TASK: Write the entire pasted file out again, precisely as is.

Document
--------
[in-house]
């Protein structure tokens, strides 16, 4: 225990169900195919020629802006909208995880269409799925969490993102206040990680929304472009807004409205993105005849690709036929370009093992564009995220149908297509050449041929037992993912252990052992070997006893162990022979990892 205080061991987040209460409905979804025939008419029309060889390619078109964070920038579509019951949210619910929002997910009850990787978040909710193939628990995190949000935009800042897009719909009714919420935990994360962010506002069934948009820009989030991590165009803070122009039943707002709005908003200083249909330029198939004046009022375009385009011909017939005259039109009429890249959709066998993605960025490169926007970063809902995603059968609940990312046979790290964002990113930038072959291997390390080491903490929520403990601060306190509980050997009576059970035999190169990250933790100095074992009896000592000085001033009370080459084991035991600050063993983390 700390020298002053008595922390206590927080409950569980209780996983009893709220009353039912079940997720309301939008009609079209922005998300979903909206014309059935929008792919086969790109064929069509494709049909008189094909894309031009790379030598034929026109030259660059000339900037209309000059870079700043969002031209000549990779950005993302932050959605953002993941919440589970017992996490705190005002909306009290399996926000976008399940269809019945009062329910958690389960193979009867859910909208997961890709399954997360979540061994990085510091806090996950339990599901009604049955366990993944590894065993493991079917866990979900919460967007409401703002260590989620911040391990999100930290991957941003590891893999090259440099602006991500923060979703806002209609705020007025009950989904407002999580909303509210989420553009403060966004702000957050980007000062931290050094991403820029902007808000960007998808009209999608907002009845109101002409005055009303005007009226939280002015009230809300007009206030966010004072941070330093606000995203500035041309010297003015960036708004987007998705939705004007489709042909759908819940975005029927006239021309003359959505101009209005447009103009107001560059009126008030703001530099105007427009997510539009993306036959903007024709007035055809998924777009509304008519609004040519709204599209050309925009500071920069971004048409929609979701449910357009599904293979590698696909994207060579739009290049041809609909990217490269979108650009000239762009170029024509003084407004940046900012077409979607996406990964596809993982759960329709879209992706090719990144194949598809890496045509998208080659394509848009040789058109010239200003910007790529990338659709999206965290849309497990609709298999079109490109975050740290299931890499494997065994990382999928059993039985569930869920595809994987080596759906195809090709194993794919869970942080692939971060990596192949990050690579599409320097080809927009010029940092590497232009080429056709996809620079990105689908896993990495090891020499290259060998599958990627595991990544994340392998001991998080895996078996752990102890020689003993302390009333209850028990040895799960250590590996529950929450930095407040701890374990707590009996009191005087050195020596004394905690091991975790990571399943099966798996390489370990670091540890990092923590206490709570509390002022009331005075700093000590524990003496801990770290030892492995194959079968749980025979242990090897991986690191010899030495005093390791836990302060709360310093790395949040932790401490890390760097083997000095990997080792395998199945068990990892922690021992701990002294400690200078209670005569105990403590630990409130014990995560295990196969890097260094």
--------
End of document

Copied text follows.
[in-house]
């Protein structure tokens, strides 16, 4: 225990169900195919020629802006909208995880269409799925969490993102206040990680929304472009807004409205993105005849690709036929370009093992564009995220149908297509050449041929037992993912252990052992070997006893162990022979990892 205080061991987040209460409905979804025939008419029309060889390619078109964070920038579509019951949210619910929002997910009850990787978040909710193939628990995190949000935009800042897009719909009714919420935990994360962010506002069934948009820009989030991590165009803070122009039943707002709005908003200083249909330029198939004046009022375009385009011909017939005259039109009429890249959709066998993605960025490169926007970063809902995603059968609940990312046979790290964002990113930038072959291997390390080491903490929520403990601060306190509980050997009576059970035999190169990250933790100095074992009896000592000085001033009370080459084991035991600050063993983390 700390020298002053008595922390206590927080409950569980209780996983009893709220009353039912079940997720309301939008009609079209922005998300979903909206014309059935929008792919086969790109064929069509494709049909008189094909894309031009790379030598034929026109030259660059000339900037209309000059870079700043969002031209000549990779950005993302932050959605953002993941919440589970017992996490705190005002909306009290399996926000976008399940269809019945009062329910958690389960193979009867859910909208997961890709399954997360979540061994990085510091806090996950339990599901009604049955366990993944590894065993493991079917866990979900919460967007409401703002260590989620911040391990999100930290991957941003590891893999090259440099602006991500923060979703806002209609705020007025009950989904407002999580909303509210989420553009403060966004702000957050980007000062931290050094991403820029902007808000960007998808009209999608907002009845109101002409005055009303005007009226939280002015009230809300007009206030966010004072941070330093606000995203500035041309010297003015960036708004987007998705939705004007489709042909759908819940975005029927006239021309003359959505101009209005447009103009107001560059009126008030703001530099105007427009997510539009993306036959903007024709007035055809998924777009509304008519609004040519709204599209050309925009500071920069971004048409929609979701449910357009599904293979590698696909994207060579739009290049041809609909990217490269979108650009000239762009170029024509003084407004940046900012077409979607996406990964596809993982759960329709879209992706090719990144194949598809890496045509998208080659394509848009040789058109010239200003910007790529990338659709999206965290849309497990609709298999079109490109975050740290299931890499494997065994990382999928059993039985569930869920595809994987080596759906195809090709194993794919869970942080692939971060990596192949990050690579599409320097080809927009010029940092590497232009080429056709996809620079990105689908896993990495090891020499290259060998599958990627595991990544994340392998001991998080895996078996752990102890020689003993302390009333209850028990040895799960250590590996529950929450930095407040701890374990707590009996009191005087050195020596004394905690091991975790990571399943099966798996390489370990670091540890990092923590206490709570509390002022009331005075700093000590524990003496801990770290030892492995194959079968749980025979242990090897991986690191010899030495005093390791836990302060709360310093790395949040932790401490890390760097083997000095990997080792395998199945068990990892922690021992701990002294400690200078209670005569105990403590630990409130014990995560295990196969890097260094």